Ills triggered by films may suggest the need for an eye exam
THURSDAY, April 8 (HealthDay News) -- The new crop of 3-D movies hitting theaters are making some people sick -- literally.
It's not the alien creatures bleeding off the screen or half-eaten humans spit out in your direction by fierce dragons. It's just the way 3-D plays tricks on your brain, mimicking symptoms of motion sickness.
The problem, if you have one, may lie in your head and, in particular, your eyes, experts note.
An unlucky (or lucky, depending on your point of view) 5 percent of the population have such bad eye coordination they can't perceive 3-D at all. But if these people decide to plunk down $20 for Avatar or Alice in Wonderland, at least they won't get a headache.
"In 3-D movies, your eyes have to be working together as a team perfectly. You have to have equally clear images in both eyes," explained Dr. James J. Salz, spokesman for the American Academy of Ophthalmology and clinical professor of ophthalmology at the University of Southern California in Los Angeles. "Then you will get the fusion of the two images."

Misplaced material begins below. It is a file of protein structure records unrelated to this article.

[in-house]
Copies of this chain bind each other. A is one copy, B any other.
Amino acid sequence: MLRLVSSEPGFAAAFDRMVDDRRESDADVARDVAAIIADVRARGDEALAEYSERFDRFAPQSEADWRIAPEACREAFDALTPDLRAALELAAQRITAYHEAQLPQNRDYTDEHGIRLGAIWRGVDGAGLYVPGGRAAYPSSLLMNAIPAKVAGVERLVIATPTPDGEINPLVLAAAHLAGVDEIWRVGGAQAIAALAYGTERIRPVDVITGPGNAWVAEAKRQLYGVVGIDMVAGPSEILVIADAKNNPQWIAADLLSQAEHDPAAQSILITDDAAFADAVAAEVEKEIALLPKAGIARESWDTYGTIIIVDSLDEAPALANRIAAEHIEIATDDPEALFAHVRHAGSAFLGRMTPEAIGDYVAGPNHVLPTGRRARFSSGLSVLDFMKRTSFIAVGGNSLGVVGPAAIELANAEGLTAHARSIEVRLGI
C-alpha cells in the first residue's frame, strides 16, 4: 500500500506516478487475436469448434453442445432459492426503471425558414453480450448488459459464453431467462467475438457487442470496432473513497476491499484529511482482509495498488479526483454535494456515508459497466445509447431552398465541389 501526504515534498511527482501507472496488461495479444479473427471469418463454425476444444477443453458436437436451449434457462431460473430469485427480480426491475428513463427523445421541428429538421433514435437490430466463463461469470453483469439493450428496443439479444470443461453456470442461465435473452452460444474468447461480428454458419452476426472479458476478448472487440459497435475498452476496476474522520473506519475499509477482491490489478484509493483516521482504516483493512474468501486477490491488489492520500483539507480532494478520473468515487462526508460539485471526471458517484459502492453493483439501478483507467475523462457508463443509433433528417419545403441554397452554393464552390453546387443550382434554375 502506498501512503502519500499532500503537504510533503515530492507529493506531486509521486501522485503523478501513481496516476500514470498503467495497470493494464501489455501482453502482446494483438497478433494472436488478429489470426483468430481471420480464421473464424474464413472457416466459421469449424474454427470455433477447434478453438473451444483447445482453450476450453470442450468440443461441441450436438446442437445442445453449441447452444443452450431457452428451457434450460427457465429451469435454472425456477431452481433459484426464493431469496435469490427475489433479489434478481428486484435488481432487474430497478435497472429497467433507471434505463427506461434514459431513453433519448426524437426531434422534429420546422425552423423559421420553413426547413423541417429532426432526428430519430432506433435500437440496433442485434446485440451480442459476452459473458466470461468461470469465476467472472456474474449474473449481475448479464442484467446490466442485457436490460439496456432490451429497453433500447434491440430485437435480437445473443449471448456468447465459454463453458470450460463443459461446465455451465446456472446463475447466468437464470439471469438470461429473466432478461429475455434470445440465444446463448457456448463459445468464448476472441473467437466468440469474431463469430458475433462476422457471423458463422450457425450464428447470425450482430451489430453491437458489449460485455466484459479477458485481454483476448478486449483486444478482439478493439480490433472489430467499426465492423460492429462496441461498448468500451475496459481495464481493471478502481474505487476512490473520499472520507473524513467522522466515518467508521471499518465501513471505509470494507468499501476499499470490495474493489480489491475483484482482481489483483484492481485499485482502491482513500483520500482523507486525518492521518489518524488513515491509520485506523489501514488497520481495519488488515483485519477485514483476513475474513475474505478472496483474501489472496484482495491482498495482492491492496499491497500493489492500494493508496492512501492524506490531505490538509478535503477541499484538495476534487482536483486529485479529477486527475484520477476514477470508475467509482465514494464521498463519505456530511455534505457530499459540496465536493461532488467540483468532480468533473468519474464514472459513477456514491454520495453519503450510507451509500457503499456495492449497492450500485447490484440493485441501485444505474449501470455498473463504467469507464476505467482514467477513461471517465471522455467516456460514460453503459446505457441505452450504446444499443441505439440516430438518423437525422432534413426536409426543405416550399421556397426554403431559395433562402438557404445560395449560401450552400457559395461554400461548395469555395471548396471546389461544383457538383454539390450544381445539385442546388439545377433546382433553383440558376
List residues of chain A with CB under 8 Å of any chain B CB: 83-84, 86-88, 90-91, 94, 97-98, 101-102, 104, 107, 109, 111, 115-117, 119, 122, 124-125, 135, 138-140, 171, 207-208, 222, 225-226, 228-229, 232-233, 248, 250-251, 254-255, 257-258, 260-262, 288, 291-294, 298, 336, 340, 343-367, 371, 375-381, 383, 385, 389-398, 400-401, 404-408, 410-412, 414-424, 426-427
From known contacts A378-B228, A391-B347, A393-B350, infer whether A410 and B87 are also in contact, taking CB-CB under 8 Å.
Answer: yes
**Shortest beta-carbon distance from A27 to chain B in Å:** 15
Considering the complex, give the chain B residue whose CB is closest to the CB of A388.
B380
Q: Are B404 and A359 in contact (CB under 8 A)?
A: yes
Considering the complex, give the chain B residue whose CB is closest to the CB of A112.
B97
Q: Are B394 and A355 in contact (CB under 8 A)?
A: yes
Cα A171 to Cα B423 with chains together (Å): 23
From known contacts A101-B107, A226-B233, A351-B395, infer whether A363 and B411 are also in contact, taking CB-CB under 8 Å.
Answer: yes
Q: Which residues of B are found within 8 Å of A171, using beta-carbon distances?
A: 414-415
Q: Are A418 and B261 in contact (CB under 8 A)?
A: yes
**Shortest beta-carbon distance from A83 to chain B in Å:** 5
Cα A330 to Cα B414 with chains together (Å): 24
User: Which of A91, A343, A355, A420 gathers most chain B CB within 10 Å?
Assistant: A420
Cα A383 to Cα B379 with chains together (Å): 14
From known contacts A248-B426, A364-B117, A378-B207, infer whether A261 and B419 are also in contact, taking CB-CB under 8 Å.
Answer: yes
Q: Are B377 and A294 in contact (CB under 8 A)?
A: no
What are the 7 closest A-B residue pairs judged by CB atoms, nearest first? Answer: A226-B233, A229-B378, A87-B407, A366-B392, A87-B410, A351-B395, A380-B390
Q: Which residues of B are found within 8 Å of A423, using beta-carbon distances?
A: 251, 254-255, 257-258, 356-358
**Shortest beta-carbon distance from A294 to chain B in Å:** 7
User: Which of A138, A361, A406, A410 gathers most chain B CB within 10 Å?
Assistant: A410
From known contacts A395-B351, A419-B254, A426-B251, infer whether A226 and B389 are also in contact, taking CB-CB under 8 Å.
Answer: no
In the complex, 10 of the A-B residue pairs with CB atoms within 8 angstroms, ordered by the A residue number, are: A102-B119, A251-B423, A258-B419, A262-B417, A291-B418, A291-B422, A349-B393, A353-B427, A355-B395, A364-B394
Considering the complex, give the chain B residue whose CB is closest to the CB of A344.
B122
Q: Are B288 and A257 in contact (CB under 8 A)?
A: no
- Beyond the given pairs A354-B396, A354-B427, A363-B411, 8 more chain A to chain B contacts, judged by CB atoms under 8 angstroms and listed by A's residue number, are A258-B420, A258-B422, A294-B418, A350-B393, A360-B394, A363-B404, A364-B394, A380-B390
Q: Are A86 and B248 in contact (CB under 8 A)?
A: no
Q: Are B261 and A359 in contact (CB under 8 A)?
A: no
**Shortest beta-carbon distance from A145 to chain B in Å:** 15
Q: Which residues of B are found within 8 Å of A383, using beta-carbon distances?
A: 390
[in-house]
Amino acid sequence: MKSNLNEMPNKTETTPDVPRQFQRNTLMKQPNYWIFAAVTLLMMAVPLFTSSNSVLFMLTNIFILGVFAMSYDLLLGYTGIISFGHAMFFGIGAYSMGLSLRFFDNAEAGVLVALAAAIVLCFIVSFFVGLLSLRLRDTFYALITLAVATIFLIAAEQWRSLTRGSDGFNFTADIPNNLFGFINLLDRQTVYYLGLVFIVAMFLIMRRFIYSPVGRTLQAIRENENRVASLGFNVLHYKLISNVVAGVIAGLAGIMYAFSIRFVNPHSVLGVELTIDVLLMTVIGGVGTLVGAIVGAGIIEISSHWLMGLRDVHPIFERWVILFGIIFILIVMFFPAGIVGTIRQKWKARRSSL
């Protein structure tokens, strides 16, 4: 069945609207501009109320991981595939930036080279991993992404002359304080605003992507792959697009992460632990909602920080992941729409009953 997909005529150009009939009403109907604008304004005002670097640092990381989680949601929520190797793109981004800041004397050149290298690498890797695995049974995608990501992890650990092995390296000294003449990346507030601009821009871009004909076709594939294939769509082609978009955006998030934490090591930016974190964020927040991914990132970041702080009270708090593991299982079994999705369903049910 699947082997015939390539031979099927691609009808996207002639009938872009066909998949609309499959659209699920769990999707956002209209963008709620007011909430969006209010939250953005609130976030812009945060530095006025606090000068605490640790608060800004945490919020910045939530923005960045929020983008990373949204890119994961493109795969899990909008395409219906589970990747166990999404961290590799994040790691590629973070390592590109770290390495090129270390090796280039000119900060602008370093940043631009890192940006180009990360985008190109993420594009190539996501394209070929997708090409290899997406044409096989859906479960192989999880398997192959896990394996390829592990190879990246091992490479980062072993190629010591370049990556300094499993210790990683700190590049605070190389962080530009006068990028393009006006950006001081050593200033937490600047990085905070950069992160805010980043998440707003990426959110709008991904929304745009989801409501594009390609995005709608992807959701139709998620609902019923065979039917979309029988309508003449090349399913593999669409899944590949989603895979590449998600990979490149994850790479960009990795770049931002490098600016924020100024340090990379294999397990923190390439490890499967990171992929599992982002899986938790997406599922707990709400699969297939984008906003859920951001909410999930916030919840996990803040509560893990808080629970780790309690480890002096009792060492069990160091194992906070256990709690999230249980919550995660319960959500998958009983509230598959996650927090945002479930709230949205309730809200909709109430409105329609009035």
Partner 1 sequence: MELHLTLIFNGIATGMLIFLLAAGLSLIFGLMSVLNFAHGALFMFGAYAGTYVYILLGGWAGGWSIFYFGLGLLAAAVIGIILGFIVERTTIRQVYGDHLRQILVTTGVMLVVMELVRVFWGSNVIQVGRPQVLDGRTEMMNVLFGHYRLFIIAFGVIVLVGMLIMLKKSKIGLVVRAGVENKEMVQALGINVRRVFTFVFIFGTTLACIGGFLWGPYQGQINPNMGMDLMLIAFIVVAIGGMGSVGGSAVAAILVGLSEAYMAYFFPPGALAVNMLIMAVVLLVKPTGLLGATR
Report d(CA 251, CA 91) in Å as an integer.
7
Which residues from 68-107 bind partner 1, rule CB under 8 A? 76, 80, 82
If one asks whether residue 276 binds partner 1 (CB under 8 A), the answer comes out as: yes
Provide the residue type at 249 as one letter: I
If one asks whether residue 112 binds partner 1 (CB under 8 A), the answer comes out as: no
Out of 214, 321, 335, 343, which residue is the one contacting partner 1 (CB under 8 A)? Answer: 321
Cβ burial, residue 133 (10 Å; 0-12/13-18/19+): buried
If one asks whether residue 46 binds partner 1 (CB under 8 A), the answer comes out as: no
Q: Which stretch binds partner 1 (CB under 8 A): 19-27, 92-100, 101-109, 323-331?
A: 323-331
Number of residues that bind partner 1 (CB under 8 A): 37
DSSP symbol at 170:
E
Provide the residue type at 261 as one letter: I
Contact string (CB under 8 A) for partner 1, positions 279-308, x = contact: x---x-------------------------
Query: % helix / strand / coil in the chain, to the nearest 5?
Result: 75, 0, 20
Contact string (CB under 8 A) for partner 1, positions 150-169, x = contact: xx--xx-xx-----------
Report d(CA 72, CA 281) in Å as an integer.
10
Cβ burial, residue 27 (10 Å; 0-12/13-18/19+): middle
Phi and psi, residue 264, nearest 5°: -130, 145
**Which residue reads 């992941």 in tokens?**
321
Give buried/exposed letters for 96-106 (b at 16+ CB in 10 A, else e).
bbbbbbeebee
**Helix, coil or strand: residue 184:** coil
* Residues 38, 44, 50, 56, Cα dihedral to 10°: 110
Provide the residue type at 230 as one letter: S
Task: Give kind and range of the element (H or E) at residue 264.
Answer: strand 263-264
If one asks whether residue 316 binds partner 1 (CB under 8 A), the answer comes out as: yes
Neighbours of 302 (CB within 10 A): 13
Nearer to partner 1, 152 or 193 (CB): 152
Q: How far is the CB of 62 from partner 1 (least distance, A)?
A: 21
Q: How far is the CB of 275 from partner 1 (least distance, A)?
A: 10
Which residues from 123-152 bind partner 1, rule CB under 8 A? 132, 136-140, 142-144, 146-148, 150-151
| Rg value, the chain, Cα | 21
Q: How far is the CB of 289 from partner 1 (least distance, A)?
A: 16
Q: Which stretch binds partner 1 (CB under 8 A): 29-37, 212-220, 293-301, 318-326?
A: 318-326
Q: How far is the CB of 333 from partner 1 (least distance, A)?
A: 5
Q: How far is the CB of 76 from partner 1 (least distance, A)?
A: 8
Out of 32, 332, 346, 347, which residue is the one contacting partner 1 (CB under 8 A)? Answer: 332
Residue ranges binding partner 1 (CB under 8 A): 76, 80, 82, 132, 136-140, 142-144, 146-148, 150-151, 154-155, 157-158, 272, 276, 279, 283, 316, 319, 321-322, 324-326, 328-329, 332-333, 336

Getting the 3-D effect involves using two different cameras projecting two images on top of each other to create depth perception. Salz's former partner, Dr. Julian Gunzberg (now deceased), developed the original 3-D technique used in House of Wax with Vincent Price.
An estimated 30 percent of moviegoers have enough eye coordination to see 3-D, but only with a struggle. These are the ones more likely to get headaches and eye fatigue while watching 3-D on the big screen, said Jeffrey Anshel, an optometrist with VSP Vision Care and the principal of Corporate Vision Consulting in Encinitas, Calif.
"The problem comes in with people who have 3-D vision but have a weak fusional mechanism," Salz explained. "Your eyes are having to work harder. The brain is sending extra impu
All rights reserved